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Thompson PM, Hayashi KM, Simon SL, Geaga JA, Hong MS, Sui Y, Lee JY, Toga AW, Ling W, London ED. 
“Structural abnormalities in the brains of human subjects who use methamphetamine”. 
J Neurosci. 2004 Jun 30;24(26):6028-36.
We visualize, for the first time, the profile of structural deficits in the human brain associated with chronic methamphetamine (MA) abuse. Studies of human subjects who have used MA chronically have revealed deficits in dopaminergic and serotonergic systems and cerebral metabolic abnormalities. Using magnetic resonance imaging (MRI) and new computational brain-mapping techniques, we determined the pattern of structural brain alterations associated with chronic MA abuse in human subjects and related these deficits to cognitive impairment. We used high-resolution MRI and surface-based computational image analyses to map regional abnormalities in the cortex, hippocampus, white matter, and ventricles in 22 human subjects who used MA and 21 age-matched, healthy controls. Cortical maps revealed severe gray-matter deficits in the cingulate, limbic, and paralimbic cortices of MA abusers (averaging 11.3% below control; p < 0.05). On average, MA abusers had 7.8% smaller hippocampal volumes than control subjects (p < 0.01; left, p = 0.01; right, p < 0.05) and significant white-matter hypertrophy (7.0%; p < 0.01). Hippocampal deficits were mapped and correlated with memory performance on a word-recall test (p < 0.05). MRI-based maps suggest that chronic methamphetamine abuse causes a selective pattern of cerebral deterioration that contributes to impaired memory performance. MA may selectively damage the medial temporal lobe and, consistent with metabolic studies, the cingulate-limbic cortex, inducing neuroadaptation, neuropil reduction, or cell death. Prominent white-matter hypertrophy may result from altered myelination and adaptive glial changes, including gliosis secondary to neuronal damage. These brain substrates may help account for the symptoms of MA abuse, providing therapeutic targets for drug-induced brain injury.
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Apr 17, 2011 1:59
Forest Fire Metaphor and Cognitive Testing Issues #

This paper also uses the same subject set as London 2004.

Note that both of these papers are detailing the acute withdrawal of long time methamphetamin users, 4-7 days after they went into rehab. Although frequently mis-represented to show long term damage, this paper does not, by design, show that. If they wanted to show lasting damage, they should do tests months and years after cessation of use.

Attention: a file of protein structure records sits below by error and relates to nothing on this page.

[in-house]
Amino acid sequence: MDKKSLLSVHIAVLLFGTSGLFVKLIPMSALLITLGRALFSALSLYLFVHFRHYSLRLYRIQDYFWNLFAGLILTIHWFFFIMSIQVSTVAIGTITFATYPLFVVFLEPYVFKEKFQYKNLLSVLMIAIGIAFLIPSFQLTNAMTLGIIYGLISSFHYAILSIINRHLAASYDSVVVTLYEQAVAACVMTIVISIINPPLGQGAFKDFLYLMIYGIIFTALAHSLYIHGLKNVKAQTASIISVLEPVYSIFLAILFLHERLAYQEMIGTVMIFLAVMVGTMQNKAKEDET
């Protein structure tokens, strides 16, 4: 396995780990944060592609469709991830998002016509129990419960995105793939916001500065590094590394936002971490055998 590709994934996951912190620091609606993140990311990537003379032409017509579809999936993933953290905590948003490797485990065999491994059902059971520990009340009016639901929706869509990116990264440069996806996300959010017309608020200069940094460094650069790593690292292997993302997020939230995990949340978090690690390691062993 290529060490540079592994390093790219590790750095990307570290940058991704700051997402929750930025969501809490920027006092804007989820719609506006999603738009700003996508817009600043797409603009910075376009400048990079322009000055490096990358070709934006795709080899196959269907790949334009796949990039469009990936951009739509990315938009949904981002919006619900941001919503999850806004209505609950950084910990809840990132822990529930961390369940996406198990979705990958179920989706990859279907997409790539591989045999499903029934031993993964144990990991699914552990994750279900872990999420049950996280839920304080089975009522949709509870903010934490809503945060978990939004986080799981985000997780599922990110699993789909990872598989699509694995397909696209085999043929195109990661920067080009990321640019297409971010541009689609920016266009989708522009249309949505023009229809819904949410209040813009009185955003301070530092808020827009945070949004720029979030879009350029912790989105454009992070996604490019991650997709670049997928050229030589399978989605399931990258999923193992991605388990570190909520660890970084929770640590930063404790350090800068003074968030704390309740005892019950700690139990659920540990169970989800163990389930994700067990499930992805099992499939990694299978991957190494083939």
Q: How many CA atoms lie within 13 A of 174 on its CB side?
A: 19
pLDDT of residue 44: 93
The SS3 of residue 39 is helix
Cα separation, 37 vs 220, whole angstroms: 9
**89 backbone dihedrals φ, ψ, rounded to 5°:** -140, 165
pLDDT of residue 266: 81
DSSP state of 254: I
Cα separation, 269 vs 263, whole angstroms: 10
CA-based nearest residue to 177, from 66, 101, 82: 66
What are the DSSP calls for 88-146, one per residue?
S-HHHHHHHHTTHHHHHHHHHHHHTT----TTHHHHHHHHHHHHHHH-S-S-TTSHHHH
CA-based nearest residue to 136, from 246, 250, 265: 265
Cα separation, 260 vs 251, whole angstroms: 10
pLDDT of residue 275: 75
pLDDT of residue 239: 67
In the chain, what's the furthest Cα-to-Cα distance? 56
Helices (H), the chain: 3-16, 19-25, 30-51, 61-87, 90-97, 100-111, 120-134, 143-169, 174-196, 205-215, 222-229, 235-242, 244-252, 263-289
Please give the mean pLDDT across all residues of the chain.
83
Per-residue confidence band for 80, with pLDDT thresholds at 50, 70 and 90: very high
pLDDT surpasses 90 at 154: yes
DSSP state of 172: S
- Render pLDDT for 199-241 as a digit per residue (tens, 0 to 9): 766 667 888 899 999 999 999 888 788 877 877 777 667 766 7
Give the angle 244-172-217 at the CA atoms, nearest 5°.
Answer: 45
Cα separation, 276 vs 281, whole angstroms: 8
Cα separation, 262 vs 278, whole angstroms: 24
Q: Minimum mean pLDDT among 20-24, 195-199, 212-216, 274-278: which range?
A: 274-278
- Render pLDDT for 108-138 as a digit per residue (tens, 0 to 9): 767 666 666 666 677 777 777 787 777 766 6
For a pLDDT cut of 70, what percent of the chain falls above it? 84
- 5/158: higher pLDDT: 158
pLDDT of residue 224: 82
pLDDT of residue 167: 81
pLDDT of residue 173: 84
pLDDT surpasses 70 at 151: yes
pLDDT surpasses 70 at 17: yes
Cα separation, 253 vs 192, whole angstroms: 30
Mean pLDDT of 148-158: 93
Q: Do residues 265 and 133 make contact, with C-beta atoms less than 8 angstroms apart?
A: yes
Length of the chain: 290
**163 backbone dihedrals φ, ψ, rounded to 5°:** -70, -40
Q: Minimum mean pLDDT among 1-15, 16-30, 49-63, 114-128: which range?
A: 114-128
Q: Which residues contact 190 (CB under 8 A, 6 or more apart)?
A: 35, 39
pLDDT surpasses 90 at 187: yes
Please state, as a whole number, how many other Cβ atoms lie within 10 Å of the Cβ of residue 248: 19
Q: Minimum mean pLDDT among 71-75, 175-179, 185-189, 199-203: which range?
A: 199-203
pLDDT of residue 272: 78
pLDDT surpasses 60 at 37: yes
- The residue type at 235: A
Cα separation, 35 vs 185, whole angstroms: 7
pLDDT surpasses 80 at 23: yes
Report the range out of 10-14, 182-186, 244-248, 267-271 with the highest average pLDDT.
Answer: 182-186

This is a decent paper, but the news hype for it exaggerates the speed of the damage and doesn't mention a confounding issue with the memory and depression tests that were given.

The NY Times story quotes the lead researcher:
'a forest fire of brain damage,' said Dr. Paul Thompson, an expert on brain mapping at the University of California, Los Angeles. 'We expected some brain changes but didn't expect so much tissue to be destroyed.'
The two main problems with the reporting are:
  1. Forest Fire metaphor suggests damage happened quickly
  2. Cognitive Tests used cannot be considered reliable because of very short abstinence period
The MRI's showing actual tissue damage are quite concerning. Although tissue damage is expected from methamphetamine use, the extent of the damage is somewhat higher than expected. Although it is usually a mistake to jump on findings of a single study and assume they accurately reflect The Truth, the tissue damage mapping are assumed correct.

The 'Forest Fire' metaphor Dr. Thompson uses might more appropriately be an erosion problem, since the average use in the study was over 10 years with an average of 3.5 grams per week over the entire period! That's a whole lot of methamphetamine use. Smouldering pile, perhaps.

The problem with the research and not just the reporting, however, is that the neurocognitive tests that showed actual cognitive problems are not as strong as the physical data. The tests were administered to chronic methamphetamine users about 7 days after their last dose. The researchers report that the meth users had used meth 19 days of the last 30 days, with an average period of abstinence just prior to the testing of 6.5 days. Its possible I'm reading this wrong (and I'll write to the authors to see), but that means that of the last 30 days, the last week was in withdrawal and 19 of the 23 other days they were using the meth.

It seems little surprise that after 10 years of near-daily stimulant use, it would be hard to concentrate on boring, repetitive tasks as well as better educated, healthy, well-rested controls.

So, despite the problems with the design of the study, the results showing the damage are very likely correct. And users should be aware they face a 'beach erosion of brain damage' if they use methamphetamine at rates this high.
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